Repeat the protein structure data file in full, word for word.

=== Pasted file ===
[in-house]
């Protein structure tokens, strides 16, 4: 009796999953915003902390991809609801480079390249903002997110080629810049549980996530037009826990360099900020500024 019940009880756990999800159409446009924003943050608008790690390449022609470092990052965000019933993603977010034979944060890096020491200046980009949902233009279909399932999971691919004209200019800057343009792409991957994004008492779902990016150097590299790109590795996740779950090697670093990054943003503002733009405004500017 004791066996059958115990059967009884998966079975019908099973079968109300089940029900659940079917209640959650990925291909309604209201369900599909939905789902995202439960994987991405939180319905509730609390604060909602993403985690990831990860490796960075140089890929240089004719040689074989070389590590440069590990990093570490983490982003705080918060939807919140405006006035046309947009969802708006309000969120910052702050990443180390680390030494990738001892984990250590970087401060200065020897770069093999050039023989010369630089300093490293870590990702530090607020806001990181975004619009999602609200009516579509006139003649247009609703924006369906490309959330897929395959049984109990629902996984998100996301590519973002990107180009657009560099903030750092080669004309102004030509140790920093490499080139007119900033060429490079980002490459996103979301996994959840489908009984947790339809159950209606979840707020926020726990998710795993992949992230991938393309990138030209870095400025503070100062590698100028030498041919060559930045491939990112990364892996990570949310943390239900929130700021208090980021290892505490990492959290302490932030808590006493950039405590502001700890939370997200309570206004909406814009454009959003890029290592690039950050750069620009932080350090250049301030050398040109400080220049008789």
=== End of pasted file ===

[in-house]
């Protein structure tokens, strides 16, 4: 009796999953915003902390991809609801480079390249903002997110080629810049549980996530037009826990360099900020500024 019940009880756990999800159409446009924003943050608008790690390449022609470092990052965000019933993603977010034979944060890096020491200046980009949902233009279909399932999971691919004209200019800057343009792409991957994004008492779902990016150097590299790109590795996740779950090697670093990054943003503002733009405004500017 004791066996059958115990059967009884998966079975019908099973079968109300089940029900659940079917209640959650990925291909309604209201369900599909939905789902995202439960994987991405939180319905509730609390604060909602993403985690990831990860490796960075140089890929240089004719040689074989070389590590440069590990990093570490983490982003705080918060939807919140405006006035046309947009969802708006309000969120910052702050990443180390680390030494990738001892984990250590970087401060200065020897770069093999050039023989010369630089300093490293870590990702530090607020806001990181975004619009999602609200009516579509006139003649247009609703924006369906490309959330897929395959049984109990629902996984998100996301590519973002990107180009657009560099903030750092080669004309102004030509140790920093490499080139007119900033060429490079980002490459996103979301996994959840489908009984947790339809159950209606979840707020926020726990998710795993992949992230991938393309990138030209870095400025503070100062590698100028030498041919060559930045491939990112990364892996990570949310943390239900929130700021208090980021290892505490990492959290302490932030808590006493950039405590502001700890939370997200309570206004909406814009454009959003890029290592690039950050750069620009932080350090250049301030050398040109400080220049008789």